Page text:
Hurricane Delta has made landfall in Mexico’s Yucatan Peninsula as it begins to make its way to the U.S. Gulf Coast.
The storm is expected to hit the Gulf on Friday, October 9, as residents in Texas, Louisiana, and Alabama should prepare for stormy weather and potential flooding.
Read on to learn more about this storm, its path, and its impact right now.
Delta hit the Yucatan Peninsula today, Wednesday, October 7 at around 5:30 a.m.
The storm is currently a Category 2 hurricane and has maximum sustained winds of 110 mph.
The storm is moving to the northwest at roughly 15 to 20 mph, according to The Weather Channel.
A hurricane warning is still in effect for many areas surrounding the Yucatan Peninsula, including Tulu, Dzilam, Cancún, and Cozumel.
However, a tropical storm warning has been issued for western Cuba, which is expected to not be as badly impacted.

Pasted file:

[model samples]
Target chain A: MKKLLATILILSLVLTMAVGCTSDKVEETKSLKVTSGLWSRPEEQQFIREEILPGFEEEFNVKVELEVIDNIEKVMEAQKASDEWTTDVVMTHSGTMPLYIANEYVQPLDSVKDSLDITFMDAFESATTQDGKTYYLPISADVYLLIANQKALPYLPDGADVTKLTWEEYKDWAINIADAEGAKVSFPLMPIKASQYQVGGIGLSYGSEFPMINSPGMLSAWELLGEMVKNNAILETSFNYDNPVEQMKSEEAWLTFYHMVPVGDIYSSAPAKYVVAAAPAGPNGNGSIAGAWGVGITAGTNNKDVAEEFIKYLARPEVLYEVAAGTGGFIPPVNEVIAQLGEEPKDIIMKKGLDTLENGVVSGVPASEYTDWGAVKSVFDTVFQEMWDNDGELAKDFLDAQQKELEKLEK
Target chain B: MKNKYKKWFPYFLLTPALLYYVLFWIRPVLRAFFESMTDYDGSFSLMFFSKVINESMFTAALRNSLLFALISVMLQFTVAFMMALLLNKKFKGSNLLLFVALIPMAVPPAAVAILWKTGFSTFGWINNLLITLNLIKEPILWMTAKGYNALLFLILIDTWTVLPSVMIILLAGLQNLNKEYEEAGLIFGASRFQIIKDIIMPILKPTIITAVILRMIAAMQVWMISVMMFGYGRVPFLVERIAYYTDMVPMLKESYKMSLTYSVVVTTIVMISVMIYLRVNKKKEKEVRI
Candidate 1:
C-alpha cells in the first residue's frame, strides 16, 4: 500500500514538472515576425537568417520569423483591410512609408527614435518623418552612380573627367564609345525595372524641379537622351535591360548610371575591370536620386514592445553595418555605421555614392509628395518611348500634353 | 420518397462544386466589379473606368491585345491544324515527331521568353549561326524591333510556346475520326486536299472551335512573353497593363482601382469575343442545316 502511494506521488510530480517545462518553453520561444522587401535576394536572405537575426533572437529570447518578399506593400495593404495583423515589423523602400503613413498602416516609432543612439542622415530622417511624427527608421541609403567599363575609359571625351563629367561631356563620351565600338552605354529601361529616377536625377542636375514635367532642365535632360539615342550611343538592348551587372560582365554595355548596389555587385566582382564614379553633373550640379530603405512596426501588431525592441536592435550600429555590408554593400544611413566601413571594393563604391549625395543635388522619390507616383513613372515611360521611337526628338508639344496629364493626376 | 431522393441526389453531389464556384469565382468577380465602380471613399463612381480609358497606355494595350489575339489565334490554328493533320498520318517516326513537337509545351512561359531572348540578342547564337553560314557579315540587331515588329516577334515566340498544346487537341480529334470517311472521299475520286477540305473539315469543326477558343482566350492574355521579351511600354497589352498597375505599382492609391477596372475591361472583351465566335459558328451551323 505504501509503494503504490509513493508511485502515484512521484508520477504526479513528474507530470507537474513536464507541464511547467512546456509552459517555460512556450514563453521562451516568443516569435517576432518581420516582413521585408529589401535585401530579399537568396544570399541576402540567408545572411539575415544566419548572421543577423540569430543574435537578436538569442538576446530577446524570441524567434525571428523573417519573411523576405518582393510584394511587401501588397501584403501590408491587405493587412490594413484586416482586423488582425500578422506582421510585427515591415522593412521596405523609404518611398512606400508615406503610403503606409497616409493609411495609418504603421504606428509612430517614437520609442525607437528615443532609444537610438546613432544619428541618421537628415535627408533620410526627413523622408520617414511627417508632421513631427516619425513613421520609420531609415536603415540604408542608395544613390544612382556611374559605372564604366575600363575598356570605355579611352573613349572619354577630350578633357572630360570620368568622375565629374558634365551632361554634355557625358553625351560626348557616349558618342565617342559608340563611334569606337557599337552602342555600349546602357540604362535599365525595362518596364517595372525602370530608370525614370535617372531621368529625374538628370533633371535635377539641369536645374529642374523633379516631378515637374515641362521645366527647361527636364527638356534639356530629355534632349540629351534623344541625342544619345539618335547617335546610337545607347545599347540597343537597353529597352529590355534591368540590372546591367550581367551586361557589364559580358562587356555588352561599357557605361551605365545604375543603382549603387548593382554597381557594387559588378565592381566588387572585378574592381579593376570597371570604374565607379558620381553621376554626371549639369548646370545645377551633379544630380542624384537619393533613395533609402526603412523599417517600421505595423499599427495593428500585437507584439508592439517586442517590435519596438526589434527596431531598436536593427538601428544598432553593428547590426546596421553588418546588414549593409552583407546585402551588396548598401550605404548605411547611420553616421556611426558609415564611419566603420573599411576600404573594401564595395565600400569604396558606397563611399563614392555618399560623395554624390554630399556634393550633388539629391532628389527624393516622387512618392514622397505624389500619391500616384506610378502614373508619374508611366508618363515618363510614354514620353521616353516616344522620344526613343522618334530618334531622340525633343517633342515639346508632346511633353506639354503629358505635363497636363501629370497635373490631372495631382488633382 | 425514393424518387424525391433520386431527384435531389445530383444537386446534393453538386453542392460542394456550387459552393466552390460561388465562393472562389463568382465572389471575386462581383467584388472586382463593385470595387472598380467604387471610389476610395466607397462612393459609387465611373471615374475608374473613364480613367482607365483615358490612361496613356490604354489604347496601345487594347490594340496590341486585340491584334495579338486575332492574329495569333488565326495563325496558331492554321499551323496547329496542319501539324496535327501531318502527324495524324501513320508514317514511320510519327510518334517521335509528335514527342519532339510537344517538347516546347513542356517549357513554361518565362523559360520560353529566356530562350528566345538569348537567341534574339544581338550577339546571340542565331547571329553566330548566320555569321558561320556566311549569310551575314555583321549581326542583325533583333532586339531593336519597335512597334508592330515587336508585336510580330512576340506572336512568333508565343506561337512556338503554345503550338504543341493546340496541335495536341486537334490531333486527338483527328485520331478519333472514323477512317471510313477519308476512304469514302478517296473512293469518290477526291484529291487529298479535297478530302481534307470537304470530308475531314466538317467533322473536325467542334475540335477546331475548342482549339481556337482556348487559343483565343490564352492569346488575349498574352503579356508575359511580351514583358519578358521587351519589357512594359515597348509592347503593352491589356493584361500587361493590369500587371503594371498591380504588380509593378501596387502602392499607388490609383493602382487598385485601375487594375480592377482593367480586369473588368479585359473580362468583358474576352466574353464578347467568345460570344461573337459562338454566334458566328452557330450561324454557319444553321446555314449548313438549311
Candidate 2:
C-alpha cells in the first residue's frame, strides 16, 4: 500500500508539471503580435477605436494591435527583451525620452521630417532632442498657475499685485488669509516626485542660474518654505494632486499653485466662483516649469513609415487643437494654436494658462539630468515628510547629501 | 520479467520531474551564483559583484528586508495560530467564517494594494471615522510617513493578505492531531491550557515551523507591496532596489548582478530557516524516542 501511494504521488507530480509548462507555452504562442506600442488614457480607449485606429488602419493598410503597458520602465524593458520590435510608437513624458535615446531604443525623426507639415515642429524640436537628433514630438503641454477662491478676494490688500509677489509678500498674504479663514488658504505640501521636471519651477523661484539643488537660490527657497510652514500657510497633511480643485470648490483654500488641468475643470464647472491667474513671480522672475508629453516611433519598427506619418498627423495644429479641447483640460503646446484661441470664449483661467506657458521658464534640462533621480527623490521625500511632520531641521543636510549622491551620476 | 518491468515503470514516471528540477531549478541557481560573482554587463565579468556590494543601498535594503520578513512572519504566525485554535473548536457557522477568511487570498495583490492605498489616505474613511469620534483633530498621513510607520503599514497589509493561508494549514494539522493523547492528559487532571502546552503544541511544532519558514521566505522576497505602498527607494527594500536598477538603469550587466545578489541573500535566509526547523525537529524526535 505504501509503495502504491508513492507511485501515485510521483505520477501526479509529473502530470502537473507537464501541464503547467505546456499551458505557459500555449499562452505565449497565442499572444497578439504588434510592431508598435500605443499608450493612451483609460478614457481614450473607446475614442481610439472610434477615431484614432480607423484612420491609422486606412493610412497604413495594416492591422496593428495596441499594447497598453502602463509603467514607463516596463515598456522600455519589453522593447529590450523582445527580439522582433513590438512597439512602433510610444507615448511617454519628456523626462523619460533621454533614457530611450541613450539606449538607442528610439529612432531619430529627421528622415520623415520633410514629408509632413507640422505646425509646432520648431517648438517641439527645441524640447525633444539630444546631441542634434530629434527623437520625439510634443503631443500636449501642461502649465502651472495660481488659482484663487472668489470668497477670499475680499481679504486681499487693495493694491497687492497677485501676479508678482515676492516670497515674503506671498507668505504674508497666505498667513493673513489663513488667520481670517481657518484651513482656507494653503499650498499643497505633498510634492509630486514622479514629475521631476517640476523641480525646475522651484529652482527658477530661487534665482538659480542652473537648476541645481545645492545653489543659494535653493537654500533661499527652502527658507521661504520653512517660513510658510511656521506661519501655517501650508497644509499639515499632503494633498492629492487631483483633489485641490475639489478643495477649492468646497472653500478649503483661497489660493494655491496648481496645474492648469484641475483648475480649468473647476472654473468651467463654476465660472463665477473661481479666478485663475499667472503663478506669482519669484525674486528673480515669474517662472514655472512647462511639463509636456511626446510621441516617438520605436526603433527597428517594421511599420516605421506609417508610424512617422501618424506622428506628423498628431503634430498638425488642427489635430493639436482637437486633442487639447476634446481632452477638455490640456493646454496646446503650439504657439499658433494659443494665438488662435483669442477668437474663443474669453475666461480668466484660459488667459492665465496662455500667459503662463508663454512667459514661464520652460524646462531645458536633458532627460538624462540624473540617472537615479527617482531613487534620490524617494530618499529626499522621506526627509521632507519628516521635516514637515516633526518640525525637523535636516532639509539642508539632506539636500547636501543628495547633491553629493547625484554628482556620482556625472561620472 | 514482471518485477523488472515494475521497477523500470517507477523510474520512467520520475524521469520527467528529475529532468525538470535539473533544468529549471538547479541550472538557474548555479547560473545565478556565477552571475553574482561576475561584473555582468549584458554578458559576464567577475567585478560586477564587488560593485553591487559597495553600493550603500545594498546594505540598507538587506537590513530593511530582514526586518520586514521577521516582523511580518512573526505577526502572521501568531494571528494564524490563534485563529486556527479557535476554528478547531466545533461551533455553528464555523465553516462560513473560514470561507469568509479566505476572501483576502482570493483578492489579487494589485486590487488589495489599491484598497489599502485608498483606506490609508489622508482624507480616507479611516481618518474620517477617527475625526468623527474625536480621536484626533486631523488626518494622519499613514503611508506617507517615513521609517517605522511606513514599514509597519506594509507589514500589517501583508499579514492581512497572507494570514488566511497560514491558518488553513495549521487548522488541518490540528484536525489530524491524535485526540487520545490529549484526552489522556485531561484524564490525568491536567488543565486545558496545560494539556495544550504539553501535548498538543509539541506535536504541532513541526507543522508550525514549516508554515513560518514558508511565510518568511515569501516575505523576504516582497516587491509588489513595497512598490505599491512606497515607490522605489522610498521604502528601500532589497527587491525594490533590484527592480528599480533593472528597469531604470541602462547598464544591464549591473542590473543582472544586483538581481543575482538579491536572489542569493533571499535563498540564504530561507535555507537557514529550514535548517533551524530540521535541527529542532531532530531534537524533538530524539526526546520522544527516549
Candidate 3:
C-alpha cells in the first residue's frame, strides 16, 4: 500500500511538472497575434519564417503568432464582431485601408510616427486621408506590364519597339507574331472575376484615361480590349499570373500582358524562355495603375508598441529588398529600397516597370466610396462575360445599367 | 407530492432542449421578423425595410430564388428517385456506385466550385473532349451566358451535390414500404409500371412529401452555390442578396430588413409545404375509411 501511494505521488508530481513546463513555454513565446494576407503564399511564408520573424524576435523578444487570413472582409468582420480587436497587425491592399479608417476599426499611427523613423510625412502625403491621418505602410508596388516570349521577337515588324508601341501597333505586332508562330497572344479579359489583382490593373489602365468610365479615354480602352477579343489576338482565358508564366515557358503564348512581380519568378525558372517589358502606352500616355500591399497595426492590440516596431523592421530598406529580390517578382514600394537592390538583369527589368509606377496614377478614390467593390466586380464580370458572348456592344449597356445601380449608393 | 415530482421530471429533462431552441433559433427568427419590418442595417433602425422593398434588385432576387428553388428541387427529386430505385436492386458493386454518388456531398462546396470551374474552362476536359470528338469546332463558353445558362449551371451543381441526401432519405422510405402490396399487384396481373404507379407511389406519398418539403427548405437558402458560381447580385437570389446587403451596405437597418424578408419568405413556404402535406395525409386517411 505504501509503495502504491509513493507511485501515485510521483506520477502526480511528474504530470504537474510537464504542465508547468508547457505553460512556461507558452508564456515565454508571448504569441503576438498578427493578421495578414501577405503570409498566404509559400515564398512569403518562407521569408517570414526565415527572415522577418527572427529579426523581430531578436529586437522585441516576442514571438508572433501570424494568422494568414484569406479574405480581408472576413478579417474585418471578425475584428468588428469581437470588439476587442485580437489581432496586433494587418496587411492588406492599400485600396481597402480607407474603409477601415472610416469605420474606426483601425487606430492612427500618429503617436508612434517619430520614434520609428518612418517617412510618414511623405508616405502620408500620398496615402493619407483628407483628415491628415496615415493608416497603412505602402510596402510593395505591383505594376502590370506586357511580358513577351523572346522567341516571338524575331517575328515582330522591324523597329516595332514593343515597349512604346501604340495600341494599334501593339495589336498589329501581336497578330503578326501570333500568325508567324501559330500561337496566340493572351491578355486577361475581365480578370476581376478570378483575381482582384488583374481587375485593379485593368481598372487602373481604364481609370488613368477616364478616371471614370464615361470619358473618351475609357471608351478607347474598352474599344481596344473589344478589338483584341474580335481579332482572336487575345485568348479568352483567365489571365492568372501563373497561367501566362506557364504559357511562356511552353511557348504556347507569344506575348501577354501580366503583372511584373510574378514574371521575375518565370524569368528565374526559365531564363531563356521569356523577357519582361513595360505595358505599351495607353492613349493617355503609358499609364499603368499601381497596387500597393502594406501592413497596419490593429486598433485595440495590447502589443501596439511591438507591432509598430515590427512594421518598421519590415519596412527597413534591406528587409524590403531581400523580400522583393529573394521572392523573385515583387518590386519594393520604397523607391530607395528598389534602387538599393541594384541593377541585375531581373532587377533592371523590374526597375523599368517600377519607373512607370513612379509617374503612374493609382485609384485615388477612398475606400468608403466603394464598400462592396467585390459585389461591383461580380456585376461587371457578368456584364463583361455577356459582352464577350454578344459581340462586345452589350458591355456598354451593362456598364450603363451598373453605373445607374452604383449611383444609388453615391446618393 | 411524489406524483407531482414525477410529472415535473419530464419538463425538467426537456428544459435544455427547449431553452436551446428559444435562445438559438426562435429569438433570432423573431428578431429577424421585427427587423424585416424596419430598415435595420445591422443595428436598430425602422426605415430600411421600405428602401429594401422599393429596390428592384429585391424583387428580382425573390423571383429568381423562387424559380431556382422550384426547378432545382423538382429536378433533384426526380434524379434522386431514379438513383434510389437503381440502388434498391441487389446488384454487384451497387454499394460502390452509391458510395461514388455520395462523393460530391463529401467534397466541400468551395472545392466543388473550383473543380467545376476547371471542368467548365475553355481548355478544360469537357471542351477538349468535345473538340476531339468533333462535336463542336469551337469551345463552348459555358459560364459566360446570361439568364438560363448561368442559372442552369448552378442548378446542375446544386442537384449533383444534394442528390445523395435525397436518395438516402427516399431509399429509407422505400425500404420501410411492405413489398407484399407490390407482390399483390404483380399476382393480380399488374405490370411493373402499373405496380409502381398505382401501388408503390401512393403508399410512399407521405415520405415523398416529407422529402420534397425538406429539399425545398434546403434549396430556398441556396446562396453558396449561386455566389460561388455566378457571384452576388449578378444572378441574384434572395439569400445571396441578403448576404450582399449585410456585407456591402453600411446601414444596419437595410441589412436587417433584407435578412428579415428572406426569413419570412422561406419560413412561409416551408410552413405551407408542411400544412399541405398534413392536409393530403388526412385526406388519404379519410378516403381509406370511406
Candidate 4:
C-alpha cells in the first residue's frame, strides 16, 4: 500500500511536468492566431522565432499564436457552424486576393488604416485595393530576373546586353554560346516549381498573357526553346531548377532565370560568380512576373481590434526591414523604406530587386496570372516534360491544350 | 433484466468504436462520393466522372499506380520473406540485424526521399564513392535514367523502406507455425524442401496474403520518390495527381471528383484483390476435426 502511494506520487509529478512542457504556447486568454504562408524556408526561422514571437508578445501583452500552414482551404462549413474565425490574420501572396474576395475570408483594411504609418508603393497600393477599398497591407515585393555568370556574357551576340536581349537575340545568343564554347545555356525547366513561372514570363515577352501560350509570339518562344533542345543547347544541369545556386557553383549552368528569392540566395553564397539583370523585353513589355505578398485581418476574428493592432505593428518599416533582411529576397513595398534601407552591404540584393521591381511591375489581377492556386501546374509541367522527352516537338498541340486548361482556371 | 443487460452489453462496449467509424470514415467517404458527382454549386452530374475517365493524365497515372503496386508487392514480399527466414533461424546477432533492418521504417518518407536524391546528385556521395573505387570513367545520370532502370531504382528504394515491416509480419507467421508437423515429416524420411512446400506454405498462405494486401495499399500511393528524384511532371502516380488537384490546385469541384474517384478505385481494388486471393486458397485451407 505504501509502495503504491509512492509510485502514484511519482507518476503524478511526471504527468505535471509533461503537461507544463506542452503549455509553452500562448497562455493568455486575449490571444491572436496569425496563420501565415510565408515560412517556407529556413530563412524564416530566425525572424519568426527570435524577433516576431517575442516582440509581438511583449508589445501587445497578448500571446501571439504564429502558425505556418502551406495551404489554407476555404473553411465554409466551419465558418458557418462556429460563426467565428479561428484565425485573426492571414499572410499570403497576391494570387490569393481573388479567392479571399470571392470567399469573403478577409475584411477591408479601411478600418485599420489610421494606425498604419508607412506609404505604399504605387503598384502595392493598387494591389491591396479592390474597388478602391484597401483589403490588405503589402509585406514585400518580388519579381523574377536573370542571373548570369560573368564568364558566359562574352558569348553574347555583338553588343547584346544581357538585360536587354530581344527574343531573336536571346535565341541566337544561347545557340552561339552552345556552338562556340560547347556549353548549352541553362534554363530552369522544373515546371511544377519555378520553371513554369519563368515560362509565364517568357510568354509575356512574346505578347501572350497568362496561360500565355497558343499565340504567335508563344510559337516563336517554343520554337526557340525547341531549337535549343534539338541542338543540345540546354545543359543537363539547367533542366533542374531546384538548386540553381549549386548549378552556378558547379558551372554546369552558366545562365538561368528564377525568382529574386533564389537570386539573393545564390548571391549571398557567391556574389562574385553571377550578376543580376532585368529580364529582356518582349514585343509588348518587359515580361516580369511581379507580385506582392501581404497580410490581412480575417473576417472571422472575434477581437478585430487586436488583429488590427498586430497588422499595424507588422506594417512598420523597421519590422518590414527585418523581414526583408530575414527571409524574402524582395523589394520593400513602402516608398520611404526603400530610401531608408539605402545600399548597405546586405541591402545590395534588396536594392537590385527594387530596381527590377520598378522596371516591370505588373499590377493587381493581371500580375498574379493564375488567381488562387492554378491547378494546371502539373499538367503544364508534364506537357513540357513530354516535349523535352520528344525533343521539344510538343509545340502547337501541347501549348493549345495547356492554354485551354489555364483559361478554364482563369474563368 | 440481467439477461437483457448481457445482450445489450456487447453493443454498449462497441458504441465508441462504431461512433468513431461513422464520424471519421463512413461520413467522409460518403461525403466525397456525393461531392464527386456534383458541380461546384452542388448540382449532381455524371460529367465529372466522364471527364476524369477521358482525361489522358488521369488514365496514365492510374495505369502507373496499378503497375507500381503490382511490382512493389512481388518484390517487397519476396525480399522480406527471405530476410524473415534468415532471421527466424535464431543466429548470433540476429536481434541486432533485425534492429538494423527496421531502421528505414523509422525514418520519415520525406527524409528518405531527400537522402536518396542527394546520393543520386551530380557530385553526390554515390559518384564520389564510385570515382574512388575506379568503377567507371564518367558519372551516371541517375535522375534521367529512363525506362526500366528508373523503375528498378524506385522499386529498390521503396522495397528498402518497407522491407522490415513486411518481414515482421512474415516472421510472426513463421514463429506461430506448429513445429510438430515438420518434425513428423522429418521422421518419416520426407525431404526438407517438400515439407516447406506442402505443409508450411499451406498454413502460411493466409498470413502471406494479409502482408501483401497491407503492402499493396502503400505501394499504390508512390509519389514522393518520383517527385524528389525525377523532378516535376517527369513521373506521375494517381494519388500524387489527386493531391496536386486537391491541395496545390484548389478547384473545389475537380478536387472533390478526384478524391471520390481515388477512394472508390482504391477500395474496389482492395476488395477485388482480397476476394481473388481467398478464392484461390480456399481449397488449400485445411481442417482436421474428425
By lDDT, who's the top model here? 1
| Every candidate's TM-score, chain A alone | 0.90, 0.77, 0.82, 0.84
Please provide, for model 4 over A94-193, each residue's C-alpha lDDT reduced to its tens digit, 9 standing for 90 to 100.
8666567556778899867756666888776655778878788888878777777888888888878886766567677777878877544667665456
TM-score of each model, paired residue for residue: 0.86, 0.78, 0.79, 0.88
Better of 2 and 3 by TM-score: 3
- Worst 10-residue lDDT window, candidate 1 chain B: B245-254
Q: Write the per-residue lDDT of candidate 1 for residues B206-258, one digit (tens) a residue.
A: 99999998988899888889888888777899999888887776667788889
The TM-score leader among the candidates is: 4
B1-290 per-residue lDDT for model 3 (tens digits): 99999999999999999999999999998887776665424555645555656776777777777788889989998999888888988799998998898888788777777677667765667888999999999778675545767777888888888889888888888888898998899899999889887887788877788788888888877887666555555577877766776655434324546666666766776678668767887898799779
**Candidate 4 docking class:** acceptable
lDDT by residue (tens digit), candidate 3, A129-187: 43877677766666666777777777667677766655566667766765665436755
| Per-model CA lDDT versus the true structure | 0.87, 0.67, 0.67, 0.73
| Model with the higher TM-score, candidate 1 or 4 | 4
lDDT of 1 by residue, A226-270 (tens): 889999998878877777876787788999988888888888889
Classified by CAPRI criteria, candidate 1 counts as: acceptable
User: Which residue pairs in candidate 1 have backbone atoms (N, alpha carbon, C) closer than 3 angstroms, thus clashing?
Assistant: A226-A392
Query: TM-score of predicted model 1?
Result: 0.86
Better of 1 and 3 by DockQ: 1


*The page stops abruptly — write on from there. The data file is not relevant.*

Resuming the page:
Delta may lose some of its intensity after making landfall with the Yucatan Peninsula, but it is expected to pick back up as it moves towards the Gulf.
Anytime a storm reaches land it usually slows down, but it always manages to pick back up as it moves over water.
The warmer water in the Gulf of Mexico will more than likely reinvigorate the storm Wednesday night into Thursday morning.
Delta is still expected to be a very strong hurricane when it makes landfall with the Gulf Coast later this week.
As the storm continues to move north, it is expected to grow in size. In fact, the NHC said a surge could bring the water six to nine feet above normal tide levels.
Not to mention, up to 10 inches of rain could lead to serious flash flooding.
People who live near the Gulf need to be very careful and watch out for any storm surges, which could be life-threatening.
The storm is expected to hit the Gulf as early as Thursday night or Friday morning and could bring around four to eight inches of rain, which some areas getting 12 inches.
This heavy rainfall could cause terrible flooding for areas along the Northern Gulf Coast.
Delta has become the ninth hurricane of the 2020 Atlantic hurricane season.
Though hurricane season begins in June, it typically doesn’t end until the month of November, so there could be more storms down the road. This has already been a historic year for storms, and even more could be truly disastrous.